Where to Find the Best Views of Melbourne

The view of Melbourne from the top of the Eureka Tower is quite something
The view of Melbourne from the top of the Eureka Tower is quite something | © Adrian Lyon / Alamy Stock Photo
Photo of Monique La Terra
17 October 2016

Melbourne’s sweeping city skyline is one of the most spectacular in Australia, but city-dwellers often spend so much of our time burrowed within the streets and nestled in offices that we forget to take in the view. From soaring observation decks to rooftop bars and sea-level perspectives, we round up the best places to gawp at Melbourne.

Rialto Towers

Bar, Pub Grub
Map View
View from Rialto Towers Melbourne
© Sindre Ellingsen / Alamy Stock Photo

Celebrating its 30th anniversary this year the Rialto Towers have long been a part of Melbourne’s cityscape. The taller South Tower is the seventh tallest building in Australia at 251m, while the North Tower stands at 185 meters. In July 1994, Melbourne’s first public observation deck opened on the 55th floor but closed in December 2009 to make way for Shannon Bennett’s eco-conscious restaurant Vue de Monde which offers world-class dining with dazzling views. If you can’t wait until dinner for the views then head to Rialto’s the Lui Bar for a sophisticated sip with spectacular city views.


Restaurant, Australian, $$$
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General view of SkyHigh Mount Dandenong, Melbourne Australia
© Down Under Digital / Alamy Stock Photo
One of the most picturesque views of Melbourne is seemingly worlds away from the city centre – 40km to be exact. Mount Dandenong’s SkyHigh looks out to the eastern suburbs and, on a clear day, you can spot the city skyline, Mornington Peninsula, Port Phillip Bay and the You Yangs out West. While visiting SkyHigh you can dine at the restaurant or café, escape the hedge maze, wander through the English Garden, take a hike or discover the Wishing Tree and Percy Possum’s House.

Naked in the Sky

Bar, Tapas, $$$
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City views from Naked in the Sky
City views from Naked in the Sky | © Naked in the Sky
Sure, you may have to stand in line for the elevator but, trust us, the views from Naked in the Sky are worth the wait. Located in Fitzroy, directly above Naked for Satan, the views from the terrace stretch 180 degrees from the city on one side to the northern suburbs on the other side. Nowhere else can you eat baked camembert and listen to smooth jazz while watching the sunset over the distant Dandenong mountains.

Brighton Beach

Natural Feature
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Aerial view of Brighton Bathing Boxes and Melbourne CBD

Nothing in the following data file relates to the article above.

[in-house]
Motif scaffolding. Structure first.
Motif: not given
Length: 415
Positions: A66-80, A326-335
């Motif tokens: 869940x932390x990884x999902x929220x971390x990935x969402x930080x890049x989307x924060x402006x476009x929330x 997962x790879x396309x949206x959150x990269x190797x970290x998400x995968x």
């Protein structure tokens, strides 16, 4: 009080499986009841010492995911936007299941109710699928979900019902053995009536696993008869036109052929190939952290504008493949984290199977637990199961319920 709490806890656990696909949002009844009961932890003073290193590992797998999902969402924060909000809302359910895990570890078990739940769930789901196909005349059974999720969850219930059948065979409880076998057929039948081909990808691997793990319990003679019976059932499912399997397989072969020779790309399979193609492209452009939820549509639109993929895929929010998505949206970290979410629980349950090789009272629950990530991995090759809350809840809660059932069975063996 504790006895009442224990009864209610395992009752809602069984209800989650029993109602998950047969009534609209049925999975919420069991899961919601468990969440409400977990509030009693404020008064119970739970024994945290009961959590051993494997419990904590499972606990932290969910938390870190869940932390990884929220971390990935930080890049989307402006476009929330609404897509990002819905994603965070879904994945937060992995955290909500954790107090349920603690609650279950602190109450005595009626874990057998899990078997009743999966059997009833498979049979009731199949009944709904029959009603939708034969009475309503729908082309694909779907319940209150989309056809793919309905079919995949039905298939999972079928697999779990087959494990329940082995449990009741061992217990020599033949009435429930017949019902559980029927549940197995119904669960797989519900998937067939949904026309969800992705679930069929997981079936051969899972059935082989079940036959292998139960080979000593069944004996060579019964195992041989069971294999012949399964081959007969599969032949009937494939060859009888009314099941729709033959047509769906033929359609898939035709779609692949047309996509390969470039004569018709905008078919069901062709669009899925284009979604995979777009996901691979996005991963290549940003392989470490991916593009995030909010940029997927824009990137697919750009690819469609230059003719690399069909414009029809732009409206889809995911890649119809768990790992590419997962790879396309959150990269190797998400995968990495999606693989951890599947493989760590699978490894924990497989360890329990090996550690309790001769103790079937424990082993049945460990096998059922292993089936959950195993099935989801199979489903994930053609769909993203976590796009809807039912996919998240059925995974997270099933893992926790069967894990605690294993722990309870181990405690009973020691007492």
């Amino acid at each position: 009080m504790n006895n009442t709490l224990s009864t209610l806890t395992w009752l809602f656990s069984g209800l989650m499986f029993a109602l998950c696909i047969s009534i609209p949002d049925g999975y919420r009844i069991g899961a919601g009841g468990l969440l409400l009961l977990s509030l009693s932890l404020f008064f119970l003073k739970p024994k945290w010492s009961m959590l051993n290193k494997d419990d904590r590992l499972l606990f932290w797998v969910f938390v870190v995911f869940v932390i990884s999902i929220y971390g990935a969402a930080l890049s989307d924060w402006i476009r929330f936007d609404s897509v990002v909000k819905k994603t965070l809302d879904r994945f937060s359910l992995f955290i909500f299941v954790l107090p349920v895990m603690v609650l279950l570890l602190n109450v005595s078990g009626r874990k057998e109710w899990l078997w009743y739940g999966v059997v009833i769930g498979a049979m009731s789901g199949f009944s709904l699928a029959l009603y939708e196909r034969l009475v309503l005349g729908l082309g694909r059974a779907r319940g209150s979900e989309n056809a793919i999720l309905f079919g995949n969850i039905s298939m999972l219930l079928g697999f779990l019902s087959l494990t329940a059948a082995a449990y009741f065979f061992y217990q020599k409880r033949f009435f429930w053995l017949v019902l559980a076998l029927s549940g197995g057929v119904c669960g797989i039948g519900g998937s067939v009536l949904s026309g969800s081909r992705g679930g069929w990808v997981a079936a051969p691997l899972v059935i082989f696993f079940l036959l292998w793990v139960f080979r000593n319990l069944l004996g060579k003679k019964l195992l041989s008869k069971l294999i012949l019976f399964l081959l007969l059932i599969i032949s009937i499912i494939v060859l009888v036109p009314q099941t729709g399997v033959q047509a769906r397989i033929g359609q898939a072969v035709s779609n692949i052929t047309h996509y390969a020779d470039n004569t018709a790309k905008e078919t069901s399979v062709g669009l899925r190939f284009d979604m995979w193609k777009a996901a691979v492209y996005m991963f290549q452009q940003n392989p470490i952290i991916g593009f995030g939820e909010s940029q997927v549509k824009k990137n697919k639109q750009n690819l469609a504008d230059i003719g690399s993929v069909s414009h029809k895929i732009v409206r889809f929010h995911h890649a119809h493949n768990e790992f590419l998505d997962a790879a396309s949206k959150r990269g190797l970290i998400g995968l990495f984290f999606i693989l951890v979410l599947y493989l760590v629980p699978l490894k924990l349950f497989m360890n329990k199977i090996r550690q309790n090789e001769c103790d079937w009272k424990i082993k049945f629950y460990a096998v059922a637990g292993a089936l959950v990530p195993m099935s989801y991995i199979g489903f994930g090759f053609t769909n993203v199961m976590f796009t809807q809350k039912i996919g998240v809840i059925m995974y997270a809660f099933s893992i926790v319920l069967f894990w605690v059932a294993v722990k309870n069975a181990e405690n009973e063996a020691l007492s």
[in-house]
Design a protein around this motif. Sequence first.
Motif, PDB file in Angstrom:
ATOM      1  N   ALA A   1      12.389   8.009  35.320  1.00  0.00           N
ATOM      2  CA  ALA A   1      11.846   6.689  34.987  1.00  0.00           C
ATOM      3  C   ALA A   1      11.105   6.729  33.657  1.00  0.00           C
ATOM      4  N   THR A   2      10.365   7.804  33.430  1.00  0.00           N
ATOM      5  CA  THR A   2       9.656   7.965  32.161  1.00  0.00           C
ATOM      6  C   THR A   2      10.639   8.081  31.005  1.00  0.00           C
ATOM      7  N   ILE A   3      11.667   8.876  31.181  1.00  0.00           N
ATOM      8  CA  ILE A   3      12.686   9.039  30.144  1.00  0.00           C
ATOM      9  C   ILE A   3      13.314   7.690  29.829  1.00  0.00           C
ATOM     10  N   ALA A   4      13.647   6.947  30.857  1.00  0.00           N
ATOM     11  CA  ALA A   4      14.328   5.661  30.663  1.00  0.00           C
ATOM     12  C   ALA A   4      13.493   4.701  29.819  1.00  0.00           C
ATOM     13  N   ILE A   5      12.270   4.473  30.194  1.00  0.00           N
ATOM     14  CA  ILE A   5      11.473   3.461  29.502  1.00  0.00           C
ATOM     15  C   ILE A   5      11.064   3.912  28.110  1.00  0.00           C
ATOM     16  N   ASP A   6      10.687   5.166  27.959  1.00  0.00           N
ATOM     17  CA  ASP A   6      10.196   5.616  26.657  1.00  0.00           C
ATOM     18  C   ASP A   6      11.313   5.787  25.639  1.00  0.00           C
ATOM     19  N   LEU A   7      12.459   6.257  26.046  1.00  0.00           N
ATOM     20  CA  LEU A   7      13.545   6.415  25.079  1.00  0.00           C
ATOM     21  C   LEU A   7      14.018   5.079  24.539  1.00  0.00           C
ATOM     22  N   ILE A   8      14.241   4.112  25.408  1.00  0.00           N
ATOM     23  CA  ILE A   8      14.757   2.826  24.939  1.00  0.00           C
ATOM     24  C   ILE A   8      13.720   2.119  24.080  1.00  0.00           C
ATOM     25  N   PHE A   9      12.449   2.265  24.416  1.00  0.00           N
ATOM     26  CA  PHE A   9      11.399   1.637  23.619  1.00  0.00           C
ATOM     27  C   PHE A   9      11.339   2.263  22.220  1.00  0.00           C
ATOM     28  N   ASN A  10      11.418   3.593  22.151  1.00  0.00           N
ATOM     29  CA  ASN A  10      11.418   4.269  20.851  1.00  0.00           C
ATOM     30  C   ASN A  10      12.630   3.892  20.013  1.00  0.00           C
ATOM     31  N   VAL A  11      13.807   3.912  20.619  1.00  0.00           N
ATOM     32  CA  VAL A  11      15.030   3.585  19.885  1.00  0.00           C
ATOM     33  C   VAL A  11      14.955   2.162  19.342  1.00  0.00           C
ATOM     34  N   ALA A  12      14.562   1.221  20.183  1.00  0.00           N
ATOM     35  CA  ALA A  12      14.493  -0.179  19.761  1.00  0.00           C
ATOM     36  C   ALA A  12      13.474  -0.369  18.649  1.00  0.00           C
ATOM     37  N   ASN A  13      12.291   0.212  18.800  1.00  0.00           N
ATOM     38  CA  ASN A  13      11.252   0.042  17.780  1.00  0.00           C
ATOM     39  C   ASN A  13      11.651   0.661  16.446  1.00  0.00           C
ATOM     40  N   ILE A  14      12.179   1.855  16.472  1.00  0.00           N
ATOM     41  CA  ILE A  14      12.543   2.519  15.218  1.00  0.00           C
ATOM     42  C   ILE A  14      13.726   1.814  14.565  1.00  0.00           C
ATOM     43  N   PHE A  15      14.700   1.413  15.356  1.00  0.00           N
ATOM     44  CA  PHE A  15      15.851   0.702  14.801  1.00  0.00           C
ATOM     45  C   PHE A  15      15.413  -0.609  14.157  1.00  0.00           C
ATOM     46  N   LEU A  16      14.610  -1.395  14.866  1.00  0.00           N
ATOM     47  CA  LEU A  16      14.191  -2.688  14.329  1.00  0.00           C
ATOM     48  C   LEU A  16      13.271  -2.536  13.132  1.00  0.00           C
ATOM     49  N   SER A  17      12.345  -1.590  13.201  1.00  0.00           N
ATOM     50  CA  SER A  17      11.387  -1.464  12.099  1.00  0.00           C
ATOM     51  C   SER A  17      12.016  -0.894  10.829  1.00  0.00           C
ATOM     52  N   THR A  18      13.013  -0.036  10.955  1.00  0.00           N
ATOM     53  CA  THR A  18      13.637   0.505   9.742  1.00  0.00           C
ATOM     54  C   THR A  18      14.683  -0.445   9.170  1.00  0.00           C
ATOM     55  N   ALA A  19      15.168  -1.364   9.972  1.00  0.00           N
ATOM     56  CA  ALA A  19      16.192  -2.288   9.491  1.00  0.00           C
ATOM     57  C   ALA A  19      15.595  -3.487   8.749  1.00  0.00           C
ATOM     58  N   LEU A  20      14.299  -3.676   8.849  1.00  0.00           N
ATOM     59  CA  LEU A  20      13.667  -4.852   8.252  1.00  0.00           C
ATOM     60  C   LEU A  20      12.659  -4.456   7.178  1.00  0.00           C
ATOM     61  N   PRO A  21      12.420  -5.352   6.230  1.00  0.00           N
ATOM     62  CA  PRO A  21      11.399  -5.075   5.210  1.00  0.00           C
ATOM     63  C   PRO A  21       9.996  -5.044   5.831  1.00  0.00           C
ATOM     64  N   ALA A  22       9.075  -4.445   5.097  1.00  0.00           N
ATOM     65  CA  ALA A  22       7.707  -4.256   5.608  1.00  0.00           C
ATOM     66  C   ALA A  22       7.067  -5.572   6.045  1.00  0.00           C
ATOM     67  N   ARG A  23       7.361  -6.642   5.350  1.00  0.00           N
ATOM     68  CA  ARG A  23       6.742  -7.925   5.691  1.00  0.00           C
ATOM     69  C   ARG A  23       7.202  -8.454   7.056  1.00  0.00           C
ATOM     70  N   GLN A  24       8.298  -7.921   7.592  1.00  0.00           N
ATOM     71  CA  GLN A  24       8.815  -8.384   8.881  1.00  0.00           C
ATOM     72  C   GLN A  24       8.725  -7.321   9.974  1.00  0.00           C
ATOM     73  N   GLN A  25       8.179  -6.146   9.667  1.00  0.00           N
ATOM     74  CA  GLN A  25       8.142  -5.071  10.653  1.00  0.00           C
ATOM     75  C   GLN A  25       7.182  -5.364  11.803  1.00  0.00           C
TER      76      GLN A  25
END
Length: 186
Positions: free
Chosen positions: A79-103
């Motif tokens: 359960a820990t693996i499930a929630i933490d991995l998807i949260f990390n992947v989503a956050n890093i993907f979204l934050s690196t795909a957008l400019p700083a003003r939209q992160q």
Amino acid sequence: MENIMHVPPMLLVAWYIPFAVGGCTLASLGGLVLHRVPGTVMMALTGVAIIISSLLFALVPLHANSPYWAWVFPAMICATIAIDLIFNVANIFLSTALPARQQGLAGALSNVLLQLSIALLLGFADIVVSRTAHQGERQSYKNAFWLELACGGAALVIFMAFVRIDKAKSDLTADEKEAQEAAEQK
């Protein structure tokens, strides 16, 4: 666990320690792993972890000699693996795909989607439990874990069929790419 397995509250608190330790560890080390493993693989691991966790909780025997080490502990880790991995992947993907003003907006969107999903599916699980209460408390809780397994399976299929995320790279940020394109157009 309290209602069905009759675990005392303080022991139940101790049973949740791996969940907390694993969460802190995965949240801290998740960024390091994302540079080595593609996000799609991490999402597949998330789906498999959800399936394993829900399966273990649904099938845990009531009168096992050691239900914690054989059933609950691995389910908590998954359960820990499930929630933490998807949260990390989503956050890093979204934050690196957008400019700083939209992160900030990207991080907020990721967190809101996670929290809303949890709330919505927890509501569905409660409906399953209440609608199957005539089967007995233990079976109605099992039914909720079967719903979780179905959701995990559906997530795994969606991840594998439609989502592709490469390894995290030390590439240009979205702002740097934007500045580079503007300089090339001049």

© Yuen Man Cheung / Alamy Stock Photo
Brightly coloured bathing boxes draw tourists and locals to Dendy Street Beach in Brighton, but turn away from the 82 huts and you’ll see Melbourne’s cityscape in a new perspective. Unlike the beach boxes, which will set you back AU$200,000, the panoramic skyline view of Melbourne is free to enjoy and is one of the best places to spend a hot, New Year’s Eve night. Keep your eyes on the view as you take a swim before watching the sunset over the city.

Eureka Skydeck

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Melbourne skyline from Eureka Skydeck 88 at night Australia
© Curved Light Australia / Alamy Stock Photo
When it opened in 2006 Eureka Tower was the tallest residential building in the world; however, it wouldn’t be fair if the breathtaking views could only be enjoyed by tenants. Luckily for us, in May 2007 the Skydeck opened on the 88th floor offering 360-degree views of Melbourne. The observation deck takes 38 seconds to reach by elevator, and those seeking a thrill can step out onto the Edge, a 3m glass cube that suspends groups of people 300m above Southbank.

Melbourne Star

Architectural Landmark
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The expansive skyline of Melbourne on a clear summer's day in Victoria, Australia
EH5J5T The expansive skyline of Melbourne on a clear summer's day in Victoria, Australia | © Chris Putnam / Alamy Stock Photo
While some views can become stagnant, one attraction in Melbourne provides an ever-changing experience. One of the largest observation wheels in the world, the Melbourne Star in the Docklands is 120m high and has 21 cabins which allow you to take in the shifting views as the wheel completes its 30-minute rotation. From the central business district to the docking ships at Port Phillip Bay, to Mount Macedon and Arthur’s Seat, Melbourne Star offers a different perspective on the city each time you visit.

Ponyfish Island

Bar, Snacks
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Melbourne Southbank Footbridge
© Dario Bajurin / Alamy Stock Photo
One of the most impressive views of Melbourne is on Ponyfish Island, located under the Yarra Pedestrian Footbridge. Accessible by a single stairwell, this floating bar allows you to gaze up at Melbourne’s skyline from water level. Sit on one side of the bar and you’ll find views of Flinders Street Station, the Rialto Towers and both 120 and 101 Collins Street buildings while Southbank and Crown can be seen on the opposite side.

Rooftop Bar

Bar, Pub Grub, $$$
Map View
Cinema - Rooftop Bar
Cinema - Rooftop Bar | © Alpha/Flickr
Situated above Curtin House, Rooftop Bar will have you working up a sweat as you ascend the stairs and, only once you’ve earned it, the view will unveil itself. In the summer, Rooftop Bar transforms into an outdoor cinema where you can pull up a deck chair and enjoy new release and cult films surrounded by glistening city lights in the heart of Melbourne, but the bar and the views can be enjoyed year-round from midday to 1am seven days a week.

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